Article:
et al. The low molecular weight heparan sulfate-mimetic, PI-88, inhibits cell-to-cell spread of herpes simplex virus. Antiviral Res. 63, 15–24 (2004).

  41. 41.

    , & Pathogenesis of herpes stromal keratitis—a focus on corneal neovascularization. Prog. Retin. Eye Res. 33, 1–9 (2013).

  42. 42.

    et al. Heparanase in inflammation and inflammation-associated cancer. FEBS J. 280, 2307–2319 (2013).

  43. 43.

    et al. Versatile role of heparanase in inflammation. Matrix Biol. 32, 234–240 (2013).

  44. 44.

    et al. Heparanase as a mediatory of angiogenesis: mode of action. FASEB J. 280, 1661–1663 (2001).

  45. 45.

    , , , & Involvement of heparanase in atherosclerosis and other vessel wall pathologies. Matrix Biol. 32, 241–251 (2013).

  46. 46.

    et al. Role of endothelial heparanase in delayed-type hypersensitivity. Blood 107, 3609–3616 (2006).

  47. 47.

    & Extracellular matrix and cytokines: a functional unit. Dev. Immunol. 7, 89–101 (2000).

  48. 48.

    , & Heparanase: a key enzyme involved in cell invasion. Biochim. Biophys. Acta 1471, 99–108 (2001).

  49. 49.

    & Growth factors in the extracellular matrix. FASEB J. 11, 51–59 (1997).

  50. 50.

    Physicial and biological observations on herpesvirus. J. Bacteriol. 86, 999–1009 (1963).

  51. 51.

    & Incorporation of the green fluorescent protein into the herpes simplex virus type 1 capsid. J. Virol. 72, 7563–7568 (1998).

  52. 52.

    , , , & The murine homolog (Mph) of human herpesvirus entry protein B (HveB) mediates entry of pseudorabies virus but not herpes simplex virus types 1 and 2. J. Virol. 73, 4493–4497 (1999).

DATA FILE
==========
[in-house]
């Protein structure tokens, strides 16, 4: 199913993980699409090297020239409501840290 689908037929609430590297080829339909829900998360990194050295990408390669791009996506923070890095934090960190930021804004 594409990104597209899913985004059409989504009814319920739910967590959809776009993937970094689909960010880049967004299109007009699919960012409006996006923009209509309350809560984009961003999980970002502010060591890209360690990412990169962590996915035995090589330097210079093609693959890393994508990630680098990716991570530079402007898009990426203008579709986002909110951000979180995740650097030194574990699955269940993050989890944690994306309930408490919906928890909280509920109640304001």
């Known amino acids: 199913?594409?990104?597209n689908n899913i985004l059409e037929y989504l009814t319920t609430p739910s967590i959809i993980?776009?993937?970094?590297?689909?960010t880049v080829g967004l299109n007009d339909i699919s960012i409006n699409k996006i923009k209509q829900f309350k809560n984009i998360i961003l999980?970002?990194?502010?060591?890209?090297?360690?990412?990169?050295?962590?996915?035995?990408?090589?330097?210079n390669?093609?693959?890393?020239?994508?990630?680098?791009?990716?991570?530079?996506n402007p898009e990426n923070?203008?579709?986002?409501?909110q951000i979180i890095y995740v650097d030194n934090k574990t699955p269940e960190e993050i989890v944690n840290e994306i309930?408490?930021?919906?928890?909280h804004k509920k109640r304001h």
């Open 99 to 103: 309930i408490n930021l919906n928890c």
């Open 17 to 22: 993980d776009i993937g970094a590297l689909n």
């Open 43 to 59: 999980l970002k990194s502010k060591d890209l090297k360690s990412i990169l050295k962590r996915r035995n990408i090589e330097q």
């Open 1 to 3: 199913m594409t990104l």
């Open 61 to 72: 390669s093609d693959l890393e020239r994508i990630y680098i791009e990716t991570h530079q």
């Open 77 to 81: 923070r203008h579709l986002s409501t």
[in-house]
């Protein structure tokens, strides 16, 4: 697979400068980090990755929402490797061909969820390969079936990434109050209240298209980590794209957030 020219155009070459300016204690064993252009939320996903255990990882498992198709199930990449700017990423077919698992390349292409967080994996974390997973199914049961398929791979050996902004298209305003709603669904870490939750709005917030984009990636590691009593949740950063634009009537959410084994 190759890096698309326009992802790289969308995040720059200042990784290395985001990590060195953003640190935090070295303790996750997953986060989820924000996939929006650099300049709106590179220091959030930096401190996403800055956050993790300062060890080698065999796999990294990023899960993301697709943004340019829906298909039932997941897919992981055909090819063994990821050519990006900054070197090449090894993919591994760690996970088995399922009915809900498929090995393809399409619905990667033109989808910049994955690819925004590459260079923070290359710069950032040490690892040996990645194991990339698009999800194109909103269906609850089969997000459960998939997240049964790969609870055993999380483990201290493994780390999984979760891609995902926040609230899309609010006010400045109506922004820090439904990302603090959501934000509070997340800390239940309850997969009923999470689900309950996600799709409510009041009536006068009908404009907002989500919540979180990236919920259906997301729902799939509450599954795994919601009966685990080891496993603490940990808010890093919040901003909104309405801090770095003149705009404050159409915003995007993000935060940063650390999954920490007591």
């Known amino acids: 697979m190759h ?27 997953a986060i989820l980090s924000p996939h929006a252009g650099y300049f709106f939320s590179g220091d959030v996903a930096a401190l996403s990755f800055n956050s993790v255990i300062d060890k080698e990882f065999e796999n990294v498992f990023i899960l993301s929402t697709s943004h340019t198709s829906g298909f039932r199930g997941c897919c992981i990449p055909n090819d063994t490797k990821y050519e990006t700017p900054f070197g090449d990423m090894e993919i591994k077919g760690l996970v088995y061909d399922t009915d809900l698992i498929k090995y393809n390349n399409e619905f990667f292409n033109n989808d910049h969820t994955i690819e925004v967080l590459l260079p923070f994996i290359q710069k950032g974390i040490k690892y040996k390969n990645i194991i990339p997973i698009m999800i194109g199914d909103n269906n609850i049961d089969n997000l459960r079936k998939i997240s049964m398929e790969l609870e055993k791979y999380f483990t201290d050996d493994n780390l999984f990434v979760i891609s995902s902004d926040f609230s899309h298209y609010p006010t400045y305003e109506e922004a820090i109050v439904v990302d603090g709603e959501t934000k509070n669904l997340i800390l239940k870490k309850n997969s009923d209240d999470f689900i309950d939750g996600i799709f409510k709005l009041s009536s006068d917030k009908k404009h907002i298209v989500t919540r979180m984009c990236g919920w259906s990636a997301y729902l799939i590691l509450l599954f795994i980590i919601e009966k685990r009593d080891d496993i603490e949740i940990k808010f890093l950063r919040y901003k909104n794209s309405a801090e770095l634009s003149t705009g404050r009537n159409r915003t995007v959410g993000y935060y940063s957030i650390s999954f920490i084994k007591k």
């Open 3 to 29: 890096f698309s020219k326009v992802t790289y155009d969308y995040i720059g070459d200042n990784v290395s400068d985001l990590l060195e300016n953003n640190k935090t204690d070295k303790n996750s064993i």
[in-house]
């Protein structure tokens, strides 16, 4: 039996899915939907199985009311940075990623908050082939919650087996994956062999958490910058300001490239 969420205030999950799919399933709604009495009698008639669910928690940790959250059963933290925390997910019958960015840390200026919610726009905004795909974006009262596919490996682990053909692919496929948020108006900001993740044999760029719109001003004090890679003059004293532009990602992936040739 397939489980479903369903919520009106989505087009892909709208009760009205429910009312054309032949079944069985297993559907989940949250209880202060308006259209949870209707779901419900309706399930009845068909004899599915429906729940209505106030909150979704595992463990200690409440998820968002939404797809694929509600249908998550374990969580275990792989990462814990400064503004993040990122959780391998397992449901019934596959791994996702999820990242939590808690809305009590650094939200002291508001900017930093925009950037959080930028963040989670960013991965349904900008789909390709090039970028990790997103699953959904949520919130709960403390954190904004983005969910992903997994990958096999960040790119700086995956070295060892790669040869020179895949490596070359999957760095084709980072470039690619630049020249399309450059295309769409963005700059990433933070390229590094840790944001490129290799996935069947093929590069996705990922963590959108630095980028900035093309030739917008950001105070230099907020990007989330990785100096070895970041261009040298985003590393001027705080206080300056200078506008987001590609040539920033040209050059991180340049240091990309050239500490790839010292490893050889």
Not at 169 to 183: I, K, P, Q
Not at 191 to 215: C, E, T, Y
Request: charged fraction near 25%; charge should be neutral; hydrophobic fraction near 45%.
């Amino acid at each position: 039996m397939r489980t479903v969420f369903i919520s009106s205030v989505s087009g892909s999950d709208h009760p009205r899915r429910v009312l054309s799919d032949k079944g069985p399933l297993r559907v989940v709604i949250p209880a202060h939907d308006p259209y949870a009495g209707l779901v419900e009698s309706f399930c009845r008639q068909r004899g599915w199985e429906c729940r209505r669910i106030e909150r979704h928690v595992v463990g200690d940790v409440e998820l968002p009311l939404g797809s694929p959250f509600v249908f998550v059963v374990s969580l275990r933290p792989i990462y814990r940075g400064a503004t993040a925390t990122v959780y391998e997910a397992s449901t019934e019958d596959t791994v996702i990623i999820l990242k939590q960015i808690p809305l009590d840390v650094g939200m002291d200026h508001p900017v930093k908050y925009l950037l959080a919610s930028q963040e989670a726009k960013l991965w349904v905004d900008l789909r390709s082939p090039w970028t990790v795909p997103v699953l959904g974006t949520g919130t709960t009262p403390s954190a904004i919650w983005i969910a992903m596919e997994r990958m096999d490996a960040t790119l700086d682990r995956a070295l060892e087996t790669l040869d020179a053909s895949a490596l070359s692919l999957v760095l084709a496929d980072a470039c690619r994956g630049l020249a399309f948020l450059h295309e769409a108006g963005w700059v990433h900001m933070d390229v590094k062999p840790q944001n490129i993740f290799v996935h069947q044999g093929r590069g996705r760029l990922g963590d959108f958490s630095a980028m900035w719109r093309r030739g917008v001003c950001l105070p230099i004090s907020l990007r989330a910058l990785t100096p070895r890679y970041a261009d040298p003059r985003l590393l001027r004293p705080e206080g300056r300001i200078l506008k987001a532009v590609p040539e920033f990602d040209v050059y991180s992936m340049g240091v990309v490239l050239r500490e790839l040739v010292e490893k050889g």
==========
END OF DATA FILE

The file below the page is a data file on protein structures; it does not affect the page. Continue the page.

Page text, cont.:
53. 53.

    et al. A role for herpesvirus entry mediator as the receptor for herpes simplex virus 1 entry into primary human trabecular meshwork cells. J. Virol. 79, 13173–13179 (2005).

  54. 54.

    , & Mutation in the UL97 open reading frame of human cytomegalovirus strains resistant to ganciclovir. J. Virol. 68, 4427–4431 (1994).

  55. 55.

    et al. High heparanase activity in multiple myeloma is associated with elevated microvessel density. Cancer Res. 63, 8749–8756 (2003).

  56. 56.

    , & Requirements for the nuclear-cytoplasmic translocation of infected-cell protein 0 of herpes simplex virus 1. J. Virol. 75, 3832–3840 (2001).

  57. 57.

    , , , & ICP4, the major transcriptional regulatory protein of herpes simplex virus type 1, forms a tripartite complex with TATA-binding protein and TFIIB. J. Virol. 67, 4676–4687 (1993).

  58. 58.

    et al. Structure-function approach identifies a COOH-terminal domain that mediates heparanase signaling. Cancer Res. 69, 1758–1767 (2009).

  59. 59.

    et al. Cloning and characterization of the human heparanase-1 (HPR1) gene promoter: role of GA-binding protein and Sp1 in regulating HPR1 basal promoter activity. J. Biol. Chem. 277, 8989–8998 (2002).

  60. 60.

    et al. Rapid ocular angiogenic control via naked DNA delivery to cornea. Invest. Ophthalmol. Vis. Sci. 42, 1975–1979 (2001).

  61. 61.

    et al. Unique homologous siRNA blocks hypoxia-induced VEGF upregulation in human corneal cells and inhibits and regresses murine corneal neovascularization. Cornea 26, 65–72 (2007).

  62. 62.

    et al. Corneal neurotoxicity due to topical benzalkonium chloride. Invest. Ophthalmol. Vis. Sci. 53, 1792–1802 (2012).

  63. 63.